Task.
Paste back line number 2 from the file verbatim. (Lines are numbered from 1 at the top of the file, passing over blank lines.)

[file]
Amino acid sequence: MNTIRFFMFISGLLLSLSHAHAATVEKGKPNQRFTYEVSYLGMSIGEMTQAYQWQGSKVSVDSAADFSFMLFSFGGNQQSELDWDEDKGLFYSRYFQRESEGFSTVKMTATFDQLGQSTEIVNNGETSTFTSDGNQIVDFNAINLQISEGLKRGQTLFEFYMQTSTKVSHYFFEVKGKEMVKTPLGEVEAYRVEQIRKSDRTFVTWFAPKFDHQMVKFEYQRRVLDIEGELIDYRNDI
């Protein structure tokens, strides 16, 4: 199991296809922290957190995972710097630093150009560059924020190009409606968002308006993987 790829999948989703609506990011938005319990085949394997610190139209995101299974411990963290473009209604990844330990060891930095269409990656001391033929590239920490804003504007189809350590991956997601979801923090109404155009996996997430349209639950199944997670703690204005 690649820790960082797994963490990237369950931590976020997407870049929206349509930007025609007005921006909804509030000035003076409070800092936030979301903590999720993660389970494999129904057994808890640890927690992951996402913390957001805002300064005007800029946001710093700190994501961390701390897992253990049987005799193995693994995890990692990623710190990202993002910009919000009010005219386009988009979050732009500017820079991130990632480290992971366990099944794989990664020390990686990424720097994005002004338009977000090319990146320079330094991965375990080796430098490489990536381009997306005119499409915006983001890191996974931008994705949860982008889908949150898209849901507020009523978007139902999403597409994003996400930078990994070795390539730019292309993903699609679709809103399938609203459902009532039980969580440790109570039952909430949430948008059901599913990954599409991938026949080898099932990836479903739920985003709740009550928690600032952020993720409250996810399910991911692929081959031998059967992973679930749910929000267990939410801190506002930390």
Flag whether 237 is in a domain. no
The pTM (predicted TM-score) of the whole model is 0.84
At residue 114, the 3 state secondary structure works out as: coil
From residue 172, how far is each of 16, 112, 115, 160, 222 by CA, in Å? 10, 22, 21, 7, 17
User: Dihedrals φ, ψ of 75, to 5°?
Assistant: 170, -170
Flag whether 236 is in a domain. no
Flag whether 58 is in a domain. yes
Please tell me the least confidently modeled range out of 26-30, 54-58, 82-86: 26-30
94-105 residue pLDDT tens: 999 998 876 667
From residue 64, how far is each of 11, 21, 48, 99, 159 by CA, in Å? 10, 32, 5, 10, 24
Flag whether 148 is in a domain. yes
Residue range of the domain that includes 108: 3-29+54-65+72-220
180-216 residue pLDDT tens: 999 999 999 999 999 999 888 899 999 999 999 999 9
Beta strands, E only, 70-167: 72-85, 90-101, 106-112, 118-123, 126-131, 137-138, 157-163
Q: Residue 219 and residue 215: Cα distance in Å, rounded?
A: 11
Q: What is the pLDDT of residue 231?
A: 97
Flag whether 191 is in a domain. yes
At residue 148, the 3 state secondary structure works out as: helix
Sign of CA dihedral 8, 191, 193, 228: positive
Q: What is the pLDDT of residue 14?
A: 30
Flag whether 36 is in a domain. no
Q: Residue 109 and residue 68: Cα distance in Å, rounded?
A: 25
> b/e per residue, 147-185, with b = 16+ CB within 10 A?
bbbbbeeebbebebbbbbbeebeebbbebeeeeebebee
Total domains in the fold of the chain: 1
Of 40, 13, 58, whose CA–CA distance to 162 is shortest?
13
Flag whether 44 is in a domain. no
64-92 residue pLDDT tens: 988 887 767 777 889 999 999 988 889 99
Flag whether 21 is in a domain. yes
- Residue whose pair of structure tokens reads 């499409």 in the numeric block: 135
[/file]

């Protein structure tokens, strides 16, 4: 199991296809922290957190995972710097630093150009560059924020190009409606968002308006993987 790829999948989703609506990011938005319990085949394997610190139209995101299974411990963290473009209604990844330990060891930095269409990656001391033929590239920490804003504007189809350590991956997601979801923090109404155009996996997430349209639950199944997670703690204005 690649820790960082797994963490990237369950931590976020997407870049929206349509930007025609007005921006909804509030000035003076409070800092936030979301903590999720993660389970494999129904057994808890640890927690992951996402913390957001805002300064005007800029946001710093700190994501961390701390897992253990049987005799193995693994995890990692990623710190990202993002910009919000009010005219386009988009979050732009500017820079991130990632480290992971366990099944794989990664020390990686990424720097994005002004338009977000090319990146320079330094991965375990080796430098490489990536381009997306005119499409915006983001890191996974931008994705949860982008889908949150898209849901507020009523978007139902999403597409994003996400930078990994070795390539730019292309993903699609679709809103399938609203459902009532039980969580440790109570039952909430949430948008059901599913990954599409991938026949080898099932990836479903739920985003709740009550928690600032952020993720409250996810399910991911692929081959031998059967992973679930749910929000267990939410801190506002930390």